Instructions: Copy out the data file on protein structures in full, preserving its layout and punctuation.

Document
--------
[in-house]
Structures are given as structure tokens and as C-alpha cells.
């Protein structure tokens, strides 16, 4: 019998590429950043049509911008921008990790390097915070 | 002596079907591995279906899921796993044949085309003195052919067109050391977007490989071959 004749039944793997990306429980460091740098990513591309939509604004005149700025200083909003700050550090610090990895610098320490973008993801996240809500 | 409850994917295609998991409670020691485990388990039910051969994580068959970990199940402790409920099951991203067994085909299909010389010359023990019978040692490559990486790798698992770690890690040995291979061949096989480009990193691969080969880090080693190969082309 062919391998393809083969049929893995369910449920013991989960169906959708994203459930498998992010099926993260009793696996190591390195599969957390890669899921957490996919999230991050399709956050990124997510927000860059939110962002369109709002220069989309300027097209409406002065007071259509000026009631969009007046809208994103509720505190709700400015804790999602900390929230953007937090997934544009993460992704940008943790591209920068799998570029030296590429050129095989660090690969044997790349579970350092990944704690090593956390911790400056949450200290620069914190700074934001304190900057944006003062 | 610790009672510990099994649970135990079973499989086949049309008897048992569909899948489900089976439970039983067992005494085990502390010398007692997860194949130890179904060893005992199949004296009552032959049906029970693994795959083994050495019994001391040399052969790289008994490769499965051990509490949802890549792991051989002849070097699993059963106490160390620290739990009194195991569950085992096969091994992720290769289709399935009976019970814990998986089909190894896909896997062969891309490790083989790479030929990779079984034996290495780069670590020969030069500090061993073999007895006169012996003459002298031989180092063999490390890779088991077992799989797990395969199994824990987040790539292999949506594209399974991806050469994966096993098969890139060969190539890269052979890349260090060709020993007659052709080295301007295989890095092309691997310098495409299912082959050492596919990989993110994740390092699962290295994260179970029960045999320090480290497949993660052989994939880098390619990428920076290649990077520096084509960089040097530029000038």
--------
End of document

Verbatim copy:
[in-house]
Structures are given as structure tokens and as C-alpha cells.
């Protein structure tokens, strides 16, 4: 019998590429950043049509911008921008990790390097915070 | 002596079907591995279906899921796993044949085309003195052919067109050391977007490989071959 004749039944793997990306429980460091740098990513591309939509604004005149700025200083909003700050550090610090990895610098320490973008993801996240809500 | 409850994917295609998991409670020691485990388990039910051969994580068959970990199940402790409920099951991203067994085909299909010389010359023990019978040692490559990486790798698992770690890690040995291979061949096989480009990193691969080969880090080693190969082309 062919391998393809083969049929893995369910449920013991989960169906959708994203459930498998992010099926993260009793696996190591390195599969957390890669899921957490996919999230991050399709956050990124997510927000860059939110962002369109709002220069989309300027097209409406002065007071259509000026009631969009007046809208994103509720505190709700400015804790999602900390929230953007937090997934544009993460992704940008943790591209920068799998570029030296590429050129095989660090690969044997790349579970350092990944704690090593956390911790400056949450200290620069914190700074934001304190900057944006003062 | 610790009672510990099994649970135990079973499989086949049309008897048992569909899948489900089976439970039983067992005494085990502390010398007692997860194949130890179904060893005992199949004296009552032959049906029970693994795959083994050495019994001391040399052969790289008994490769499965051990509490949802890549792991051989002849070097699993059963106490160390620290739990009194195991569950085992096969091994992720290769289709399935009976019970814990998986089909190894896909896997062969891309490790083989790479030929990779079984034996290495780069670590020969030069500090061993073999007895006169012996003459002298031989180092063999490390890779088991077992799989797990395969199994824990987040790539292999949506594209399974991806050469994966096993098969890139060969190539890269052979890349260090060709020993007659052709080295301007295989890095092309691997310098495409299912082959050492596919990989993110994740390092699962290295994260179970029960045999320090480290497949993660052989994939880098390619990428920076290649990077520096084509960089040097530029000038």